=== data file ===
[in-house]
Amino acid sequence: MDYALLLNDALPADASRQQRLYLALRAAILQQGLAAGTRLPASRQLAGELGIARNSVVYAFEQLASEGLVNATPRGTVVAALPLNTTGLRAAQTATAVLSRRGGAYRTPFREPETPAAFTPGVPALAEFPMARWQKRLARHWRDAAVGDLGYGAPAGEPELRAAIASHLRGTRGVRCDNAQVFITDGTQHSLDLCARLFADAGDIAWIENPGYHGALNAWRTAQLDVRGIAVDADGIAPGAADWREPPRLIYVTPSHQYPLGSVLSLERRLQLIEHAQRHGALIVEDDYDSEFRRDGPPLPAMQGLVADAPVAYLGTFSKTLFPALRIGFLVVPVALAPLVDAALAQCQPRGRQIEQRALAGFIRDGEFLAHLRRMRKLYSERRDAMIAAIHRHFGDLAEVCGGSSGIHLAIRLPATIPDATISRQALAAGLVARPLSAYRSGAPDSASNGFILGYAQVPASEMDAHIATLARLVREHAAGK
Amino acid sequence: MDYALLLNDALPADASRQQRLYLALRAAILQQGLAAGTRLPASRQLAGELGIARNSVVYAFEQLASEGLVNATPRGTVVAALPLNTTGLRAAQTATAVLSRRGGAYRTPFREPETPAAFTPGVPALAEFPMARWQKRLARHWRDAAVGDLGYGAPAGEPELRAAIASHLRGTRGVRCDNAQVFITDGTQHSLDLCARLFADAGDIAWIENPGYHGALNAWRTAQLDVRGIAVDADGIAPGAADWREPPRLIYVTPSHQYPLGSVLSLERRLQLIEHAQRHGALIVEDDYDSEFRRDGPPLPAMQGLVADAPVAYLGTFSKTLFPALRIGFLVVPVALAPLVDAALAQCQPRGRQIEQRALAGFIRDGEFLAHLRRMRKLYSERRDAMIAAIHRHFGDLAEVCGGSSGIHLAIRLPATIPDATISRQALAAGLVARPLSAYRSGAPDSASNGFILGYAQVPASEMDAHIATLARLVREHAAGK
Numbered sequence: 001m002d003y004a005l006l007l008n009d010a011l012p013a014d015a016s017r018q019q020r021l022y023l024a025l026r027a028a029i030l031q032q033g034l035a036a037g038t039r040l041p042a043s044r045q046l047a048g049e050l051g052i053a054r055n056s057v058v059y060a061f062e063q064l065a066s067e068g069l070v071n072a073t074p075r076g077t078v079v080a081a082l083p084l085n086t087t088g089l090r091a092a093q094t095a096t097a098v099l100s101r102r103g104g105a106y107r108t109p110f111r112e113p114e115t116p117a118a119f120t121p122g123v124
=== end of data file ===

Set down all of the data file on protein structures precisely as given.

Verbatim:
[in-house]
Amino acid sequence: MDYALLLNDALPADASRQQRLYLALRAAILQQGLAAGTRLPASRQLAGELGIARNSVVYAFEQLASEGLVNATPRGTVVAALPLNTTGLRAAQTATAVLSRRGGAYRTPFREPETPAAFTPGVPALAEFPMARWQKRLARHWRDAAVGDLGYGAPAGEPELRAAIASHLRGTRGVRCDNAQVFITDGTQHSLDLCARLFADAGDIAWIENPGYHGALNAWRTAQLDVRGIAVDADGIAPGAADWREPPRLIYVTPSHQYPLGSVLSLERRLQLIEHAQRHGALIVEDDYDSEFRRDGPPLPAMQGLVADAPVAYLGTFSKTLFPALRIGFLVVPVALAPLVDAALAQCQPRGRQIEQRALAGFIRDGEFLAHLRRMRKLYSERRDAMIAAIHRHFGDLAEVCGGSSGIHLAIRLPATIPDATISRQALAAGLVARPLSAYRSGAPDSASNGFILGYAQVPASEMDAHIATLARLVREHAAGK
Amino acid sequence: MDYALLLNDALPADASRQQRLYLALRAAILQQGLAAGTRLPASRQLAGELGIARNSVVYAFEQLASEGLVNATPRGTVVAALPLNTTGLRAAQTATAVLSRRGGAYRTPFREPETPAAFTPGVPALAEFPMARWQKRLARHWRDAAVGDLGYGAPAGEPELRAAIASHLRGTRGVRCDNAQVFITDGTQHSLDLCARLFADAGDIAWIENPGYHGALNAWRTAQLDVRGIAVDADGIAPGAADWREPPRLIYVTPSHQYPLGSVLSLERRLQLIEHAQRHGALIVEDDYDSEFRRDGPPLPAMQGLVADAPVAYLGTFSKTLFPALRIGFLVVPVALAPLVDAALAQCQPRGRQIEQRALAGFIRDGEFLAHLRRMRKLYSERRDAMIAAIHRHFGDLAEVCGGSSGIHLAIRLPATIPDATISRQALAAGLVARPLSAYRSGAPDSASNGFILGYAQVPASEMDAHIATLARLVREHAAGK
Numbered sequence: 001m002d003y004a005l006l007l008n009d010a011l012p013a014d015a016s017r018q019q020r021l022y023l024a025l026r027a028a029i030l031q032q033g034l035a036a037g038t039r040l041p042a043s044r045q046l047a048g049e050l051g052i053a054r055n056s057v058v059y060a061f062e063q064l065a066s067e068g069l070v071n072a073t074p075r076g077t078v079v080a081a082l083p084l085n086t087t088g089l090r091a092a093q094t095a096t097a098v099l100s101r102r103g104g105a106y107r108t109p110f111r112e113p114e115t116p117a118a119f120t121p122g123v124